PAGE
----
LACMA Collectors Raise $3.1 Million for Saar, Asawa, & More

Women's work ruled LACMA's 2018 Collectors Committee. That began with Betye Saar's I'll Bend But I Will Not Break (1998), the first work acquired in the museum's annual weekend buying binge. Saar's ironing board is a slave ship; the white sheet is a bitter pun on Raphael Peale's Venus, monogrammed with the initials of the Ku Klux Klan. The purchase came with a buzz-worthy extra. LACMA is organizing a long-overdue Betye Saar show. "Betye Saar: Call and Response" is to open in the Resnick Pavilion in 2019. It was Lynda and Stewart Resnick who supplied the funds to buy I'll Bend But

Ultimately all ten of the works offered to the committee were acquired. Six of the ten are by women artists (and 6 of the 7 contemporary lots are). The amount raised is reported as over $3.1 million.

For those not familiar with the process, the Collectors Committee is composed of museum supporters who pledge money to a pooled fund for buying art. LACMA curators make Kickstarter-like pitches for potential acquisitions. Committee members vote, and artworks are purchased in order of popularity, until the collective bankroll is exhausted or (as happened this year) everything is bought. Patrons can dedicate special funds to buy favored works, guaranteeing their acquisition and taking them out of the voting queue. That happened with the Saar and with a kinetic sculpture by Argentinian artist Martha Boto.
Ruth Asawa, Untitled (S.027, Hanging Six Open Hyperbola Forms that Penetrate Each Other, with a Half-Hyperbola at the Top), 1954, iron, copper and brass wire, 99 × 22 1/2 × 22 1/2 in., Los Angeles County Museum of Art, gift of the 2018 Collectors Committee with additional funds from an anonymous donor, and the Buddy Taub Foundation, © Estate of Ruth Asawa, photo © Museum Associates/LACMA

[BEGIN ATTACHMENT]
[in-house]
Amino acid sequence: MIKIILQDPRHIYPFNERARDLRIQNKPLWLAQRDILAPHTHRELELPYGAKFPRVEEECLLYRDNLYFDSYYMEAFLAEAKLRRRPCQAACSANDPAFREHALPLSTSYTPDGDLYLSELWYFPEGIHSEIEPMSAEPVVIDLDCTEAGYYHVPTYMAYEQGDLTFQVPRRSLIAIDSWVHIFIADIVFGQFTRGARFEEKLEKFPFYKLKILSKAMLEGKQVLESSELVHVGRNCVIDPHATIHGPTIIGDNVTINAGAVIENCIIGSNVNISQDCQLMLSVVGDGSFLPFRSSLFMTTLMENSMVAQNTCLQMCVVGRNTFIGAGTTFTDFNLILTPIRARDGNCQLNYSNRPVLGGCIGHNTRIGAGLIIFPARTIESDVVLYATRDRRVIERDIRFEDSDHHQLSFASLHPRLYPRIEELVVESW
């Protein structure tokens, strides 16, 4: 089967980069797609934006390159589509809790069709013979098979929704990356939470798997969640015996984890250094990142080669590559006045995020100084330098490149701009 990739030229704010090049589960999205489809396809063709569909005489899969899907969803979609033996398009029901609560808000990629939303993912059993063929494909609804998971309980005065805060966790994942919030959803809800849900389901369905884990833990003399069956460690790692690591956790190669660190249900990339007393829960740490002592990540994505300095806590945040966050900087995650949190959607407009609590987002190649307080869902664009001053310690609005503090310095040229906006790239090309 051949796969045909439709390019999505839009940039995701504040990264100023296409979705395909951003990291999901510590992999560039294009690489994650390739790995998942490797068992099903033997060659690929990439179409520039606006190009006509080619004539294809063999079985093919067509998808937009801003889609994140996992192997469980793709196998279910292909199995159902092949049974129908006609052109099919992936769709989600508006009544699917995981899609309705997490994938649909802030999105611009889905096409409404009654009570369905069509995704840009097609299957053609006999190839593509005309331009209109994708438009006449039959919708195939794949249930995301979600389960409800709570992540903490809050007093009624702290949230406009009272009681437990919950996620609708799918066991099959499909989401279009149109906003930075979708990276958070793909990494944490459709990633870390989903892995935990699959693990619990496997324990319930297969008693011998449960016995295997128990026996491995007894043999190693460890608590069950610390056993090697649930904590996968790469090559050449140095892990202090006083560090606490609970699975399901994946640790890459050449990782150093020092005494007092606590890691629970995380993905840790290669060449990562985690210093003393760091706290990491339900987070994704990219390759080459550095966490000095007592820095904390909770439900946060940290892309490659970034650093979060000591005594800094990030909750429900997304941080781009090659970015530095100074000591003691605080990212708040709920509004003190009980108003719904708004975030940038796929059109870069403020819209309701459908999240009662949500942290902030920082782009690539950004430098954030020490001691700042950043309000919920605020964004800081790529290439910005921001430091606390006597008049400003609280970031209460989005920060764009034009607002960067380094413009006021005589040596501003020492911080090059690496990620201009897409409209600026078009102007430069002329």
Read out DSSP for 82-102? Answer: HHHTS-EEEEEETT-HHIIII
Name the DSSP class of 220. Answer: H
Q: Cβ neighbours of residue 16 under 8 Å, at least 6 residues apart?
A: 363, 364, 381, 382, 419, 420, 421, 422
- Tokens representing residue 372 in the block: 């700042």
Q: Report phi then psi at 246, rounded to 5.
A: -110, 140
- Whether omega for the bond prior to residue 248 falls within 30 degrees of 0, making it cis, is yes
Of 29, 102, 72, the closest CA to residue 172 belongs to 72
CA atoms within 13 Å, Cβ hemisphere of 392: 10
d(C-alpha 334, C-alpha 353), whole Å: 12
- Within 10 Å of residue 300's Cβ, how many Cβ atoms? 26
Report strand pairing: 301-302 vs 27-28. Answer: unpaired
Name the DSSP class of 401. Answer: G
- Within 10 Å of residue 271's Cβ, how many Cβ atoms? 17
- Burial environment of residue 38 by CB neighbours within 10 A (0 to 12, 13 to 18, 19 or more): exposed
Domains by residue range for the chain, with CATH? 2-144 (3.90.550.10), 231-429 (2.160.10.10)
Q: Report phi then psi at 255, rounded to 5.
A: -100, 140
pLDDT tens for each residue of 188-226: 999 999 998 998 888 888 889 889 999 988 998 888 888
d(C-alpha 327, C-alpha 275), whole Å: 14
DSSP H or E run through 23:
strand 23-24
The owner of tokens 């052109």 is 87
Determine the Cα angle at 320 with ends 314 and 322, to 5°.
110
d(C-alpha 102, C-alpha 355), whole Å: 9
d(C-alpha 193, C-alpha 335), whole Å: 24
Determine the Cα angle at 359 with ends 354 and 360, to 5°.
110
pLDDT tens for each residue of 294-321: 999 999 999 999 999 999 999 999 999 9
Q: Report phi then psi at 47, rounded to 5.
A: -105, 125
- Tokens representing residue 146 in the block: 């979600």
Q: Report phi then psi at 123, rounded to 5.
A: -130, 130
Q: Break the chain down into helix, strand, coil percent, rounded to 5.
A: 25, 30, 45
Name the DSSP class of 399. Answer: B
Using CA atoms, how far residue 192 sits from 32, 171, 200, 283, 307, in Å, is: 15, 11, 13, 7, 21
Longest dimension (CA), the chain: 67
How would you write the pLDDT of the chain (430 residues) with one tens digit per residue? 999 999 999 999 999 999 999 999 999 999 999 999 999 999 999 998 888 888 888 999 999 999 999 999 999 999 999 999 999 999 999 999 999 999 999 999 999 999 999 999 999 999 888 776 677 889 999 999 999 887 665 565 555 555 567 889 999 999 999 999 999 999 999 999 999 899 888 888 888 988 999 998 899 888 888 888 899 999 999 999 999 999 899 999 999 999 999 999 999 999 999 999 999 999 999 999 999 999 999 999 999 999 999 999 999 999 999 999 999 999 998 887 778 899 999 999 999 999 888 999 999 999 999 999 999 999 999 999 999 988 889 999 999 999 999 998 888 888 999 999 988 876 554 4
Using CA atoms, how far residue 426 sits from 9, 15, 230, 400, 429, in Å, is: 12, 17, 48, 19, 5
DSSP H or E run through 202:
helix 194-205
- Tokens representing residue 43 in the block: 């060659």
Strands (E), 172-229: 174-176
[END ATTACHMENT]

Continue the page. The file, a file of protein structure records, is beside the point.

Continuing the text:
The most expensive work acquired is a Ruth Asawa wire sculpture, something LACMA didn't have. As Decorative Arts and Design curator Wendy Kaplan acknowledged, Asawa's prices have soared since the artist's 2013 death. Another "hyperbola" sculpture recently sold for a price reported to be over $2 million. LACMA's work, Untitled S.027 (1954), is of similar market value but was offered to the Committee for $900,000, thanks to an anonymous donor.
It was a good year for African art, a weak area of LACMA's collection. The Ijo culture Forest Spirit Figure (19th century) is over seven feet high, with seven heads, two bodies, and a leopard on top. It surely becomes the star of LACMA's evolving collection of sub-Saharan art. Consulting African art curator Polly Nooter Roberts rates it "the most imposing and expressive of all known examples" of its type. It's from the L.A. collection of Edwin and Cherie Silver and has been featured in exhibitions at LACMA and the Fowler. The Silver family offered it for $298,000, a fraction of the estimated $1 million market value.
Sharon Takeda presented a collection of 29 Mbuti Ceremonial Barkcloth Paintings (20th century) for her Costume and Textiles department. They were made to be worn, on special occasions. Museums show these objects on walls, as "paintings." While Mbuti men make the cloth, it's the women who paint it. Most of the LACMA works were published by scholars Georges Meurant and Robert Farris Thompson and date from 1950 to the 1970s.
More or less "African" is a monumental print by Ethiopian-born New Yorker Julie Mehretu. Contemporary Art curator Christine Kim presented Epigraph, Damascus (2016), a six-panel photogravure/aquatint said to be the last of its edition.